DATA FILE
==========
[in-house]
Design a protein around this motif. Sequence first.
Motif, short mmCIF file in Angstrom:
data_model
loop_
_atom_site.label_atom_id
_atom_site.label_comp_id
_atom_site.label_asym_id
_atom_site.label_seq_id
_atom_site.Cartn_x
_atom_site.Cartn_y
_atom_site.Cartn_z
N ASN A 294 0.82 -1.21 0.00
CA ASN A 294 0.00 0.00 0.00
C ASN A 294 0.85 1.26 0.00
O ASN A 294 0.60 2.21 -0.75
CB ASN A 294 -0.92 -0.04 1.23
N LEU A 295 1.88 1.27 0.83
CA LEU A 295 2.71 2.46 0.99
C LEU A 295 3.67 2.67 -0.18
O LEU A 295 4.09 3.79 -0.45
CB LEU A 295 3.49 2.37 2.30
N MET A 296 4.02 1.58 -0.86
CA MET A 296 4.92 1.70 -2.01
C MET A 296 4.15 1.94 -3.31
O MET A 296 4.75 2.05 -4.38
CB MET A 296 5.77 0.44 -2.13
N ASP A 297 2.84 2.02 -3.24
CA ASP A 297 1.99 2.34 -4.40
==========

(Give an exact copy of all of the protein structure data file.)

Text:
[in-house]
Design a protein around this motif. Sequence first.
Motif, short mmCIF file in Angstrom:
data_model
loop_
_atom_site.label_atom_id
_atom_site.label_comp_id
_atom_site.label_asym_id
_atom_site.label_seq_id
_atom_site.Cartn_x
_atom_site.Cartn_y
_atom_site.Cartn_z
N ASN A 294 0.82 -1.21 0.00
CA ASN A 294 0.00 0.00 0.00
C ASN A 294 0.85 1.26 0.00
O ASN A 294 0.60 2.21 -0.75
CB ASN A 294 -0.92 -0.04 1.23
N LEU A 295 1.88 1.27 0.83
CA LEU A 295 2.71 2.46 0.99
C LEU A 295 3.67 2.67 -0.18
O LEU A 295 4.09 3.79 -0.45
CB LEU A 295 3.49 2.37 2.30
N MET A 296 4.02 1.58 -0.86
CA MET A 296 4.92 1.70 -2.01
C MET A 296 4.15 1.94 -3.31
O MET A 296 4.75 2.05 -4.38
CB MET A 296 5.77 0.44 -2.13
N ASP A 297 2.84 2.02 -3.24
CA ASP A 297 1.99 2.34 -4.40